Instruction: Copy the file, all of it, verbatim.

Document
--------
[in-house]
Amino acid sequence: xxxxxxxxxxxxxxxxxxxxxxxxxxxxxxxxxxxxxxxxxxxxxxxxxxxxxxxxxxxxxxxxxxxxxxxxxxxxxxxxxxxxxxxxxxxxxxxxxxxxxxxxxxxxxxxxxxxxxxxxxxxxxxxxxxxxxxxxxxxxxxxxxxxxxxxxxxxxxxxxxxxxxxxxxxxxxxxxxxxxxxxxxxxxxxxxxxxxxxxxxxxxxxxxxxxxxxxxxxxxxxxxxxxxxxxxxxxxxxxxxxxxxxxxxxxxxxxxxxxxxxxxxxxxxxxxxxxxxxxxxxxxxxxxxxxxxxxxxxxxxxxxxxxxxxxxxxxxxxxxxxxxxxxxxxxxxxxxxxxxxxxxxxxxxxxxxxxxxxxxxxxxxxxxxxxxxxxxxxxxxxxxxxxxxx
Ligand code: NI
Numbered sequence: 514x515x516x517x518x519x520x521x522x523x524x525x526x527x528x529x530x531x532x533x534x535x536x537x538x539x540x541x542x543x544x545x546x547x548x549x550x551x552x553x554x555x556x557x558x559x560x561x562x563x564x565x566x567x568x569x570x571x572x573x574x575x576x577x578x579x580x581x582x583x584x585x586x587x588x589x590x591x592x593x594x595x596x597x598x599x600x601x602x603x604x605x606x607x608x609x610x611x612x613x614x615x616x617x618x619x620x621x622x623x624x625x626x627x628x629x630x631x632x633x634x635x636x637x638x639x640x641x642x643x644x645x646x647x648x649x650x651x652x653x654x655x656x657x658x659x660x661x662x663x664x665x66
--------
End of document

[in-house]
Amino acid sequence: xxxxxxxxxxxxxxxxxxxxxxxxxxxxxxxxxxxxxxxxxxxxxxxxxxxxxxxxxxxxxxxxxxxxxxxxxxxxxxxxxxxxxxxxxxxxxxxxxxxxxxxxxxxxxxxxxxxxxxxxxxxxxxxxxxxxxxxxxxxxxxxxxxxxxxxxxxxxxxxxxxxxxxxxxxxxxxxxxxxxxxxxxxxxxxxxxxxxxxxxxxxxxxxxxxxxxxxxxxxxxxxxxxxxxxxxxxxxxxxxxxxxxxxxxxxxxxxxxxxxxxxxxxxxxxxxxxxxxxxxxxxxxxxxxxxxxxxxxxxxxxxxxxxxxxxxxxxxxxxxxxxxxxxxxxxxxxxxxxxxxxxxxxxxxxxxxxxxxxxxxxxxxxxxxxxxxxxxxxxxxxxxxxxxxx
Ligand code: NI
Numbered sequence: 514x515x516x517x518x519x520x521x522x523x524x525x526x527x528x529x530x531x532x533x534x535x536x537x538x539x540x541x542x543x544x545x546x547x548x549x550x551x552x553x554x555x556x557x558x559x560x561x562x563x564x565x566x567x568x569x570x571x572x573x574x575x576x577x578x579x580x581x582x583x584x585x586x587x588x589x590x591x592x593x594x595x596x597x598x599x600x601x602x603x604x605x606x607x608x609x610x611x612x613x614x615x616x617x618x619x620x621x622x623x624x625x626x627x628x629x630x631x632x633x634x635x636x637x638x639x640x641x642x643x644x645x646x647x648x649x650x651x652x653x654x655x656x657x658x659x660x661x662x663x664x665x66